Albie is completing a brick cookstove and see-through masonry heater on North Haven Island, twelve miles off of Rockland, Maine, just before he leaves for New Zealand to build a heater there. The job site is on the Turner Farm which overlooks the “thoroughfare” between North Haven and Vinalhaven Islands.
The “thoroughfare” is only a few hundred yards wide. Famous archeological digs at the Turner Farm site indicate, that like the ancient village of Norridgewock, the site seems to have been continuously inhabited for nearly five thousand years.
In the shell middens on Indian Point on the Turner Farm in North Haven, eighteen tons of swordfish bones were recovered. How did the First People hunt these great fish from canoes? Also present in the middens were a large supply of beaver bones indicating a steady trade with trappers and possibly corn growers inland such as in Norridgewock. Just around the corner from Indian Point is a very large and protected shallow clam flat which provided food to residents of the area for millennia. On a Sunday off from work, we watched two films shot thirty years or so ago about the islands. The father of the two brothers who are the general contractors on our job, Shawn and Roman Cooper of Cooper Construction, is featured in one of the films, standing and talking and bent over digging clams with a very wide clam rake on the Island clam flats. European settlers and fishermen displaced the original native people who had called North Haven home for over four thousand years. Today descendants of the first settlers work to maintain a year round community on the island, whose population swells dramatically in the summer.
Out the south facing windows of the home we are working in, we have the same view as the peoples who lived at Indian Point. They were the first to see wind/sail powered boats enter these waters in the fifteen and sixteen hundreds. In the second film that we saw, from the historic photos of the granite quarries of Vinalhaven there were countless working sail powered schooners lined up along the shore. The schooners had long rows of perfectly cut and fitted eight to twelve foot long and two foot diameter granite snow rollers ready for hoisting on board and being moved inland to towns needing a way to flatten their snow covered roads for sleigh travel a century or more ago before the automobile. A retired mason talking about the old quarry days noted that Vinalhaven did not have a single paved road, but they quarried and handmade there on the island, hundreds of thousands of paving stone for city streets along the Atlantic seaboard. The older mason then proceeds to quickly trace around a block a single line and once around places a little chip of granite on the line, and strikes it once on the chip. With the chip pulverized, he strikes the stone a second time and the cobble stone block breaks into two perfect paving blocks. With typical Maine understatement, he talks about how “clever” the early Vinalhaven stone workers were by taking us out to some of the local fabricated elaborate gravestone pieces still in the cemetery.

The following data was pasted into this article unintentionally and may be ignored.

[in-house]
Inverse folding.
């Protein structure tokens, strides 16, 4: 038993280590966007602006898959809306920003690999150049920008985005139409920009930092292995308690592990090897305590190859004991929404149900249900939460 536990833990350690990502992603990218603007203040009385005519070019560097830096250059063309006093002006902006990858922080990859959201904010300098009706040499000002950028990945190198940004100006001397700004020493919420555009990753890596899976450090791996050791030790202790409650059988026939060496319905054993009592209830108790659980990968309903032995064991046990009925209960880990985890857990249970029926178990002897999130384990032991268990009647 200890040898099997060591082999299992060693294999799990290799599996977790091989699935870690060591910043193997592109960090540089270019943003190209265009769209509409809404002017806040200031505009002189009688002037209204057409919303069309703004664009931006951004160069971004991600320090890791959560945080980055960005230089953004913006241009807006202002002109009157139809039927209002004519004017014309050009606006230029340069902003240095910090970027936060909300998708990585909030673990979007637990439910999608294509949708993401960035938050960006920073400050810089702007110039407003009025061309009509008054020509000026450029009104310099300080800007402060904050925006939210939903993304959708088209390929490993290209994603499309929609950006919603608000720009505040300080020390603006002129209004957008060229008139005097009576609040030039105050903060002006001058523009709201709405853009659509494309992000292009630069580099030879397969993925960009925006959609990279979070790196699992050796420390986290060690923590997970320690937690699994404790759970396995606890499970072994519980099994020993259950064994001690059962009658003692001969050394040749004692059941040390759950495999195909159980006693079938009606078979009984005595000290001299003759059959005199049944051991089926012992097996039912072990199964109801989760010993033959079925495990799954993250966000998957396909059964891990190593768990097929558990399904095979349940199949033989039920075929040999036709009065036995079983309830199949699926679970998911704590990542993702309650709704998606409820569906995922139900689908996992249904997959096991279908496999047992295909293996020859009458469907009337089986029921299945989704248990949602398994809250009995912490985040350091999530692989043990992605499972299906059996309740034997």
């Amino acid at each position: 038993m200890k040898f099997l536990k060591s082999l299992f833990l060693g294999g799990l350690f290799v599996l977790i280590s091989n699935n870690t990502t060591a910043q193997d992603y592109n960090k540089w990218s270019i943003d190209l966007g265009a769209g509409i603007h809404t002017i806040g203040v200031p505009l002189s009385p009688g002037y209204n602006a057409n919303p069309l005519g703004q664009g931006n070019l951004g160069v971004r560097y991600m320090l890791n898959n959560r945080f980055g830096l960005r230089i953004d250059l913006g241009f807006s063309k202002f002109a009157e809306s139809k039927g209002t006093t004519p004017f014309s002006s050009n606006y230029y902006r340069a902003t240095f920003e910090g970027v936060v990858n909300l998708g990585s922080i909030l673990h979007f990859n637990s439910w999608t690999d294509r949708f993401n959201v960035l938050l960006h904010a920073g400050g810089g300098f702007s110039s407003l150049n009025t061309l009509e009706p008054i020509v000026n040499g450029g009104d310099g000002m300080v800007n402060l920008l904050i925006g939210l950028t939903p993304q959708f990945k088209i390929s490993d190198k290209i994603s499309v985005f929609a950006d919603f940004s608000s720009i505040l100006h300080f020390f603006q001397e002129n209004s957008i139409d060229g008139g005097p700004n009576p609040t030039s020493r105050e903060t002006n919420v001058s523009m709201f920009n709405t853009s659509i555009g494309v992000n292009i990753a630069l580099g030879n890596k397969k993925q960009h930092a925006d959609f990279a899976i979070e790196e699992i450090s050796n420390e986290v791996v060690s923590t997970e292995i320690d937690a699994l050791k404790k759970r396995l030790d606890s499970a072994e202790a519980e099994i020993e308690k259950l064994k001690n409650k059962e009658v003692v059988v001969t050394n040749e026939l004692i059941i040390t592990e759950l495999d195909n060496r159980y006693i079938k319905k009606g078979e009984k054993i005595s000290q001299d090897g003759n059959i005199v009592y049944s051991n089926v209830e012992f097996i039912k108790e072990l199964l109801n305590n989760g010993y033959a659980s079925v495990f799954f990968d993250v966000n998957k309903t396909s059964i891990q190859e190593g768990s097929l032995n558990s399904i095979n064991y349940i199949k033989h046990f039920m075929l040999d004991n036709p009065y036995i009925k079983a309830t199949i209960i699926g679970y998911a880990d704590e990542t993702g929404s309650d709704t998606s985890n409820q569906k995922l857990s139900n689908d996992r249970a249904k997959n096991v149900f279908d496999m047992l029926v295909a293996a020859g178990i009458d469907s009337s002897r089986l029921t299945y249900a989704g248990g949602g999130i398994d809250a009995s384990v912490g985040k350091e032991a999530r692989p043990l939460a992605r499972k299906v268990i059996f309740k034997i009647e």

The quarries are closed and much of the shipbuilding has ceased, but the hand skills and the values are all still intact in an amazing way on the islands and it is an honor to work with people from this rich tradition of craftsmanship. One of the young carpenters we are working with has a pilot’s license and a lobster boat. He has mastered many skills to stay alive and at home on the island.
The Norridgewock and the North Haven first peoples picked good protected South facing sites with readily available food supplies. The North Haven people had the clam flats and rich fisheries. The Norridgewock people also had migrational fisheries and lots of game and at some point added their flint corn with squash and beans as staples of their economy and diet. Today when you look out to the South from Indian Point a new demonstration of Wind Power gracefully dominates the view. Three huge windmills with blinking red lights at night on top, turn slowly all day and all night long and are producing enough power to carry the load of both islands with plenty to spare. Here twelve miles out, is the hope of energy independence, sustainable energy and off shore (although on an island) wind that everyone has been talking about recently.